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Diversity spreads in Minnesota


Early in my speaking/consulting days, say mid-90s, I was accused of giving a racist presentation. Now while I have never claimed to be a particularly culturally proficient individual, I never considered myself to be racist. Ignorant, lacking in experience, and insensitive perhaps - but not racist. So I was taken aback.

"What did I say?" I asked the librarian who had confronted me.

"It's not what you said, it's what was on your slides. You only had photographs of white children throughout the presentation!" 

And on review, I had to admit I was guilty as charged.

I always illustrated my slides with photos of students from my district's classes and libraries. I would run them through a photo filter to make the students unrecognizable and make me look artistically talented. Seeing actual HPLUKs added cred - that I was walking the talk. I had also read that in showing pictures of happy children, you were more likely to be liked as well since subconsciously the listeners would credit you with their happiness. 

Anyway, the comment was a wake up call to be more inclusive in my subjects. While the other-than-white population was a small percentage of my rural Minnesota community, it was present and I gladly snapped photos of a wider range of ethnicities for my talks.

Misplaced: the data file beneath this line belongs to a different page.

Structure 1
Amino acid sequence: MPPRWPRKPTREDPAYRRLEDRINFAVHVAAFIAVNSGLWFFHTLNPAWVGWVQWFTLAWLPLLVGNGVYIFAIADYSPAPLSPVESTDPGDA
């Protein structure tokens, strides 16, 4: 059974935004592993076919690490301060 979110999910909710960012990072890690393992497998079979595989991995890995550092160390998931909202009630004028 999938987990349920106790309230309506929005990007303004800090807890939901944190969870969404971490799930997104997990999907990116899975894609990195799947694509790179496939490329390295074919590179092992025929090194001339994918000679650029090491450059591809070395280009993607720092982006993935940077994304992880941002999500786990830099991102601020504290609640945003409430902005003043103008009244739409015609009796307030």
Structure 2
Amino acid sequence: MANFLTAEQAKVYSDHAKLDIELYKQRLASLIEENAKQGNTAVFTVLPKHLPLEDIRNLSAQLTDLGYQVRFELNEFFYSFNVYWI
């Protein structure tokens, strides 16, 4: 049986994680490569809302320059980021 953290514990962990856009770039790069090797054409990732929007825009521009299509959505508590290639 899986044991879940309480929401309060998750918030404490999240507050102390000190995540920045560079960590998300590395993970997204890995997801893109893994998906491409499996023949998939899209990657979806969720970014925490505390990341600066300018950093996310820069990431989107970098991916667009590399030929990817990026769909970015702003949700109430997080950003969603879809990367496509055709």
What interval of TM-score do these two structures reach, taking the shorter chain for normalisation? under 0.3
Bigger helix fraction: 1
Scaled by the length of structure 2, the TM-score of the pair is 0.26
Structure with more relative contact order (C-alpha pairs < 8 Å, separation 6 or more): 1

I was reflecting on this experience after reading the following story: The number of majority-minority school districts in Minnesota has doubled in the last five years, Minnpost 7/23/18. The district in which I am currently employed has a "majority-minority." Administration has led and continues to lead a very purposeful cultural proficiency initiative to raise awareness and understanding what a large minority population means in a district comprised primarily of white teachers and administrators. 

As are most changes, this increase in minority students has made some people unhappy. Some families open enroll their students in districts with a larger white student population. (Personally, I see this as doing a disservice to their kids since they will be living and working in an increasingly diverse society and should experience this diversity as learners.) Teachers have had to change their mindset from having students adapt to traditional teaching practices to having to adapt teaching practices to better meet the needs of today's students. And for those of us in technology, we have now made equity and access for all students a primary factor in planning and budgeting.

Personally, I like living in a diverse community, a diverse state, a diverse country. I like walking through the halls of our schools seeing lots of skin colors and hair styles and clothing fashions, especially when the common denominator among all the kids is their smiles.  

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